Although physical inactivity (PI) is universally considered a major risk factor for cardiovascular disorders, no previous study has investigated its putative contribution on the societal and healthcare burden of ischemic heart disease (IHD). Therefore, we aimed to provide an objective assessment of the worldwide epidemiology of PI-related IHD.
An electronic search was performed in the Global Health Data Exchange (GHDx) registry, a large database of health-related data, for assessing the worldwide epidemiology of PI-related IHD.
The current burden of PI-related disability-adjusted life years (DALYs) and deaths caused by IHD is 9.1% (15.42 out of 170.27 million DALYs) and 9.9% (5.46 out of 55.14 million deaths), respectively. Women have a ~ 14% higher risk of both PI-related DALYs and mortality. The impact of PI on IHD remains stable around 7% up to the middle age, then gradually increases in parallel with aging, up to over 11%. A ~ 20% higher risk of PI-related DALYs and mortality caused by IHD can be found in countries with middle-to-high socio-demographic index (SDI) compared with countries with lower SDIs. In multivariable analysis, PI-related DALYs and mortality caused by IHD were significantly predicted by female sex, advanced age, and higher SDI.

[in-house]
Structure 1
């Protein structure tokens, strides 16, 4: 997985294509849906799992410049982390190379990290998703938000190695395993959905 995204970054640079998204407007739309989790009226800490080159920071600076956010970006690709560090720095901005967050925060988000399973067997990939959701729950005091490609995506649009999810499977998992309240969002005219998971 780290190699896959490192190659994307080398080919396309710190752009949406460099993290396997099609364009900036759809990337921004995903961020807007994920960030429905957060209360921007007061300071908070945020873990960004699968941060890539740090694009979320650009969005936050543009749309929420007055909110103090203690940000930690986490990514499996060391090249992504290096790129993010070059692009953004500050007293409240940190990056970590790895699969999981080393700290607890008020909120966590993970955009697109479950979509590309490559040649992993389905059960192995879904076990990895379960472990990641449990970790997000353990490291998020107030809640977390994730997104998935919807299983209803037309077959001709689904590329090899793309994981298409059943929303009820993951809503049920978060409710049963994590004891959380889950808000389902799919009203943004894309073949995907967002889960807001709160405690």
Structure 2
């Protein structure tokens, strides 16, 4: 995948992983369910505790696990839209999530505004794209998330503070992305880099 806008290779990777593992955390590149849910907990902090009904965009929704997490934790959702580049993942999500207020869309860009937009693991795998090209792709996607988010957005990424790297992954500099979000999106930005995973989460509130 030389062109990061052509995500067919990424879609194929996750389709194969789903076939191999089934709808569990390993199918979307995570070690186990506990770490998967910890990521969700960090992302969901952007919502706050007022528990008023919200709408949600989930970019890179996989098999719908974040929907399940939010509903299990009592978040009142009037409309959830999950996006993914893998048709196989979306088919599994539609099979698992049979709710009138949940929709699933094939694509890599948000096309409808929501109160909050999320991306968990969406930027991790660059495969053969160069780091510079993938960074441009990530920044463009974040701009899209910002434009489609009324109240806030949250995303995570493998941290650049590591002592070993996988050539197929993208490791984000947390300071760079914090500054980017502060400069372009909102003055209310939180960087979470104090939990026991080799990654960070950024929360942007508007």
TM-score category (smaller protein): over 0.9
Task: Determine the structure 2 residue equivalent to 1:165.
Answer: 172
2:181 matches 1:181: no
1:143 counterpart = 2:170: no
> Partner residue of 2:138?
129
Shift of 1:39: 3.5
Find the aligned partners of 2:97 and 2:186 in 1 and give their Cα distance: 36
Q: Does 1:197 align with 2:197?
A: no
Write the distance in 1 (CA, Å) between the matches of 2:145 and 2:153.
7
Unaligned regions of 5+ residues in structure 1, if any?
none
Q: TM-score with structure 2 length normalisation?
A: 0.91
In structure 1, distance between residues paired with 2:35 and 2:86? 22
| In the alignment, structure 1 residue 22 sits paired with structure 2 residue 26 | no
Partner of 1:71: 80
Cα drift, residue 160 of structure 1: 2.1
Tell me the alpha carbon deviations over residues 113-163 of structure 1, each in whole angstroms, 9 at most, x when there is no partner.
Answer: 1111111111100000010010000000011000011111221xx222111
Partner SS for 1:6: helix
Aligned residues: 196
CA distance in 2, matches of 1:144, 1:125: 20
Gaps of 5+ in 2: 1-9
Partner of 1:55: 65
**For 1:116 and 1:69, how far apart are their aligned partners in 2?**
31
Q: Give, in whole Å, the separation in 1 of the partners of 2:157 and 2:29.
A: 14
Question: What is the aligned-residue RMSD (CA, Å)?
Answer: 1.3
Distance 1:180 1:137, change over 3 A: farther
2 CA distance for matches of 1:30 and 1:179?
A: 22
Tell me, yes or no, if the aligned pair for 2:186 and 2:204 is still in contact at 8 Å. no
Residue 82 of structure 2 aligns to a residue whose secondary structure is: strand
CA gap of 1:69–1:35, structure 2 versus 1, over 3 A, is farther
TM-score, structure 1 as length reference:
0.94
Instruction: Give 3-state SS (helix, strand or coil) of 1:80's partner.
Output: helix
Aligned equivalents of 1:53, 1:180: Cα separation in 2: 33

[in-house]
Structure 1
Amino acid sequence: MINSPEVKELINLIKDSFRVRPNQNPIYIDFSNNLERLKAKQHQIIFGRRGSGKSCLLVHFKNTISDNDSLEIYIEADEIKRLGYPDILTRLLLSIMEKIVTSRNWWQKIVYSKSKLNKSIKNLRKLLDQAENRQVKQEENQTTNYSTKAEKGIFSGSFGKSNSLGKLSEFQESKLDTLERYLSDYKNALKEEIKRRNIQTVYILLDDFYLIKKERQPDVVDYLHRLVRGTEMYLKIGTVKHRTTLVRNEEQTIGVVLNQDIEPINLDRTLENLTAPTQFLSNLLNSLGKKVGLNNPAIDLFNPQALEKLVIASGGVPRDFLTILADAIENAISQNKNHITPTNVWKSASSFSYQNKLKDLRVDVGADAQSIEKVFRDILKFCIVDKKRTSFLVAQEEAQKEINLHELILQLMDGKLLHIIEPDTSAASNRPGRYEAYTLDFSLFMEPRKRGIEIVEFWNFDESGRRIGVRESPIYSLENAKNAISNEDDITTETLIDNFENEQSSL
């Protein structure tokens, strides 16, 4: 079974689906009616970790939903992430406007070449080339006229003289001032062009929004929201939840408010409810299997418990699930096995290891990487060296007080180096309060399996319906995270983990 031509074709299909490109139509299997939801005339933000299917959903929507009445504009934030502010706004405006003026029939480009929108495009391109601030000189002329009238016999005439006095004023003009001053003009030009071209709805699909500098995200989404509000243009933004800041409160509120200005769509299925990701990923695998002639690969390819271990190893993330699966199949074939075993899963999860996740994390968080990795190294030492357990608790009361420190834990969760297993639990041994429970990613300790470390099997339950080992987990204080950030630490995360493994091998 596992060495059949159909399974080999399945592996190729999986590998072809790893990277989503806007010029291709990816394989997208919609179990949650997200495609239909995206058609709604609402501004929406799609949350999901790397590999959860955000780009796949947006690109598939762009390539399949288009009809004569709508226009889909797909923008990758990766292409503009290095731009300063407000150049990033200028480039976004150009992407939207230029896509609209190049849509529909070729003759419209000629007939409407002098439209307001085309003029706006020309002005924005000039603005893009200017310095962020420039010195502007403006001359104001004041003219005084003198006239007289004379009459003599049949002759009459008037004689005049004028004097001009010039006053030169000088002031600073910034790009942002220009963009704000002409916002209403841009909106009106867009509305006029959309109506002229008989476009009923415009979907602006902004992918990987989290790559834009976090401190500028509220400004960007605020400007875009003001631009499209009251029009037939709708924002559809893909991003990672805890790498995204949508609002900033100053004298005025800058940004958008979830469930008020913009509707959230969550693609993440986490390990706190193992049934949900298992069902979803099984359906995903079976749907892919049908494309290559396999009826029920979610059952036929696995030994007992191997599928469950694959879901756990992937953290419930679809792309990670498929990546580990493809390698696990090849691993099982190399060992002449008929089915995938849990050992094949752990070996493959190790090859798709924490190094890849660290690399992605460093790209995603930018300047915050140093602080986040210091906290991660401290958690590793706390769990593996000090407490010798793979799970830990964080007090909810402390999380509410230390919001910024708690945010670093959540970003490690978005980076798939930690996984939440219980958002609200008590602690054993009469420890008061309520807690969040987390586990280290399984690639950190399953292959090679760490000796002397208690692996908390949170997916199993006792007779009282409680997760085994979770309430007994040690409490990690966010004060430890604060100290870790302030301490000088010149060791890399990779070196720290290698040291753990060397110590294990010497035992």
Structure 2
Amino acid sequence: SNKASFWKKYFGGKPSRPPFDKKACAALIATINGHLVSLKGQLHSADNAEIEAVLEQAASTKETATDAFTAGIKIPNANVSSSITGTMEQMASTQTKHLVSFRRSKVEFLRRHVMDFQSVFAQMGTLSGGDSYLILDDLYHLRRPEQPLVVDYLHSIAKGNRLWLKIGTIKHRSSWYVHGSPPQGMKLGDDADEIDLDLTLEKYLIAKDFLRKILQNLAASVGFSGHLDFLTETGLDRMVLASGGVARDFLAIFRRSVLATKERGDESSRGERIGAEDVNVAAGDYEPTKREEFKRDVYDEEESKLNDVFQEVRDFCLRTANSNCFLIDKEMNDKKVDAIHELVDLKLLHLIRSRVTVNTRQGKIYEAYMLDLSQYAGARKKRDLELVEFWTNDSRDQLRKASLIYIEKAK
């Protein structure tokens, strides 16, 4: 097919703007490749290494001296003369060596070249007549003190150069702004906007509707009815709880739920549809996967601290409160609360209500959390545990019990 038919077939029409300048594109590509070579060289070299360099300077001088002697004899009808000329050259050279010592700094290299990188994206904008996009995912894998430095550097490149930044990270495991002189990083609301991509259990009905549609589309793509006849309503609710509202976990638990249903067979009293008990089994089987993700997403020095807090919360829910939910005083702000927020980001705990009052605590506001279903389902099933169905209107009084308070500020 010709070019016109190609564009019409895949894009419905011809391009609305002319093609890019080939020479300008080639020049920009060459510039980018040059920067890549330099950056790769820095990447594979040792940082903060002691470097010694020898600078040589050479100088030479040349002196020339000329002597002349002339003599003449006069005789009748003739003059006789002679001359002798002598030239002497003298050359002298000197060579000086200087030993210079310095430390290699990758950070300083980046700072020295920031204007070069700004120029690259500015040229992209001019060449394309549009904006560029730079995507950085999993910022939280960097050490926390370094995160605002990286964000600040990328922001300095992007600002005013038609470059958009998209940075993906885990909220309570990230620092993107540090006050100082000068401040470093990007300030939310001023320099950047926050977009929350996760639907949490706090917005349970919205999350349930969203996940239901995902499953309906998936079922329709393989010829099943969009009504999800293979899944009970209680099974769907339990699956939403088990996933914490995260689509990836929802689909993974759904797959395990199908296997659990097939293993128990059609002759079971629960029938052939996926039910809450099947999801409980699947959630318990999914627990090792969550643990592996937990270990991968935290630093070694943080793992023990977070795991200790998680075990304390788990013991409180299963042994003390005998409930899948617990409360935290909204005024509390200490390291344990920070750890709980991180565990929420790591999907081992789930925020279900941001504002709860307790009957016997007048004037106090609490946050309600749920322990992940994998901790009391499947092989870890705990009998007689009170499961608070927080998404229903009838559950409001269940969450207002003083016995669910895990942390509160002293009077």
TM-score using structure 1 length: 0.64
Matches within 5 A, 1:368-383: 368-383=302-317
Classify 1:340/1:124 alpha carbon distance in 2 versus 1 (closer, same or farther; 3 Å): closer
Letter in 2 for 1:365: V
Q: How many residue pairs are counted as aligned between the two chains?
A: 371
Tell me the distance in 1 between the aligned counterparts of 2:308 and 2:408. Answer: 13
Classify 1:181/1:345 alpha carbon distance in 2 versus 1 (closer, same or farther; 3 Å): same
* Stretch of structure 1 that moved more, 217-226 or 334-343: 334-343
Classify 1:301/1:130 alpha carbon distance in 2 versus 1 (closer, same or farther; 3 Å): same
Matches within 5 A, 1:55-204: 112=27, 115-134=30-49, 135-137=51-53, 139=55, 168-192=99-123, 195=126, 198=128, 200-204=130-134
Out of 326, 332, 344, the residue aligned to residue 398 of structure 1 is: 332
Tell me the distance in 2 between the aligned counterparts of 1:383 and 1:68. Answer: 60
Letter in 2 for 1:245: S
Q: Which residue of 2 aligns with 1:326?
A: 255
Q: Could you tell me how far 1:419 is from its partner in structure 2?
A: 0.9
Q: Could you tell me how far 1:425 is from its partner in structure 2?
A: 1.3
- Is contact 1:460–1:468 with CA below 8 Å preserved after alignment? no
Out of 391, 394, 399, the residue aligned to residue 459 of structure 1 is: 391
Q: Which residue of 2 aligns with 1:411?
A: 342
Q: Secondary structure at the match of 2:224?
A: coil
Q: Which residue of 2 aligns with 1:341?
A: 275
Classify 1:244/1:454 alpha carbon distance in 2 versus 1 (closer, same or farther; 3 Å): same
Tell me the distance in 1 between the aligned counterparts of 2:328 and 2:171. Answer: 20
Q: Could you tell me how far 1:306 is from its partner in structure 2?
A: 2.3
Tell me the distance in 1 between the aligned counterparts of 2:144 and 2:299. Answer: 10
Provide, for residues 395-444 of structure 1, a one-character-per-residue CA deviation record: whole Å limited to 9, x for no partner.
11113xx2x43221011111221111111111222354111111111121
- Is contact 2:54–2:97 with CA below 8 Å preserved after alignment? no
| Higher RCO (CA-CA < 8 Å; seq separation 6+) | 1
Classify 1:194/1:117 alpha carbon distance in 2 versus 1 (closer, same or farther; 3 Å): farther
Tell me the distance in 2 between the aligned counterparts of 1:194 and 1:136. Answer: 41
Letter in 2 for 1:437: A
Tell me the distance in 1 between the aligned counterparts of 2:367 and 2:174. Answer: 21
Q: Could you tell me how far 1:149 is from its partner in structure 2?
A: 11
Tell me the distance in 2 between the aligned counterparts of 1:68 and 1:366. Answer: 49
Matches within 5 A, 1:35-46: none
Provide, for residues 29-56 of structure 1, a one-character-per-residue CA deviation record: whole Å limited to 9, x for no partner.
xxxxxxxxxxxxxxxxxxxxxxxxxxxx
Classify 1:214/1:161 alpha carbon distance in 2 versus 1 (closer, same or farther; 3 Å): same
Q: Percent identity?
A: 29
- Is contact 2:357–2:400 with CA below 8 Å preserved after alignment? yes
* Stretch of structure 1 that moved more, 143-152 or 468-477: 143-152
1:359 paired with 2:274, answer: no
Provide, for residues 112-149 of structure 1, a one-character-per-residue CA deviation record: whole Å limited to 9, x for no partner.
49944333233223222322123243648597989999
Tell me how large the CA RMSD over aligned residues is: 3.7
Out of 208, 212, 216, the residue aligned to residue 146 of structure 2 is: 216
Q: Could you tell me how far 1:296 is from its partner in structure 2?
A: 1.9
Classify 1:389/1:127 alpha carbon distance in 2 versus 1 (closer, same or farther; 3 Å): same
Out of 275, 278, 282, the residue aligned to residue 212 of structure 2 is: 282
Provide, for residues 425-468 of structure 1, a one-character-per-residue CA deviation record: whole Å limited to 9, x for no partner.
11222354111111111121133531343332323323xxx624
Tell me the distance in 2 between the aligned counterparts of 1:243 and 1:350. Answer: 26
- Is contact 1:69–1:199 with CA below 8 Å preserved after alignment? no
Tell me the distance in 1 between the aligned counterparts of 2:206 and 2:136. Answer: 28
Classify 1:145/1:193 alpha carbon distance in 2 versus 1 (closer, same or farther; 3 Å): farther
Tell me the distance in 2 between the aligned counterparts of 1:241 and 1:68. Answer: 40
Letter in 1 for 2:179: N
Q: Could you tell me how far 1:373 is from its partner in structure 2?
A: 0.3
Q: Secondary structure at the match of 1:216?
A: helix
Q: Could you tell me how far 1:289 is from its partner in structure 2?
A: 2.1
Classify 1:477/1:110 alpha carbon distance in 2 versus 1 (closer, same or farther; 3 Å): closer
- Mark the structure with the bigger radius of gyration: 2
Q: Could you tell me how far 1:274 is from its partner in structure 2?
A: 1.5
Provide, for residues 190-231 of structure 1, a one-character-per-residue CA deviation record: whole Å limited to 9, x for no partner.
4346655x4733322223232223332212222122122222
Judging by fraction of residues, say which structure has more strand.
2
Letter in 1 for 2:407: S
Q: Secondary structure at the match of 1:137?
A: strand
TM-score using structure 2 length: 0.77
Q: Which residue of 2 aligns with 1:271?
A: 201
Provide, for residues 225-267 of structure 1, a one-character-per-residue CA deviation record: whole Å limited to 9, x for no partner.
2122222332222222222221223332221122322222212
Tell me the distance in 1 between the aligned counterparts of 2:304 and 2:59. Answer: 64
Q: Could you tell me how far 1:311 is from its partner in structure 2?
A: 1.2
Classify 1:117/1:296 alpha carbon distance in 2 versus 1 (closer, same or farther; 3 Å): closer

The results of our analysis suggest that reinforced efforts shall be prioritized and scaled up for broadening and ameliorating the application of physical activity recommendations in populations more vulnerable to the risk of PI-related IHD.
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Fabian Sanchis-Gomar is supported by a postdoctoral contract granted by “Subprograma Atracció de Talent - Contractes Postdoctorals de la Universitat de València.”
The study was performed in accordance with the Declaration of Helsinki.
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The authors declare that they have no conflict of interest.
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Lippi, G., Sanchis-Gomar, F. An Estimation of the Worldwide Epidemiologic Burden of Physical Inactivity-Related Ischemic Heart Disease. Cardiovasc Drugs Ther (2020). https://doi.org/10.1007/s10557-019-06926-5
- Ischemic heart disease
- Physical activity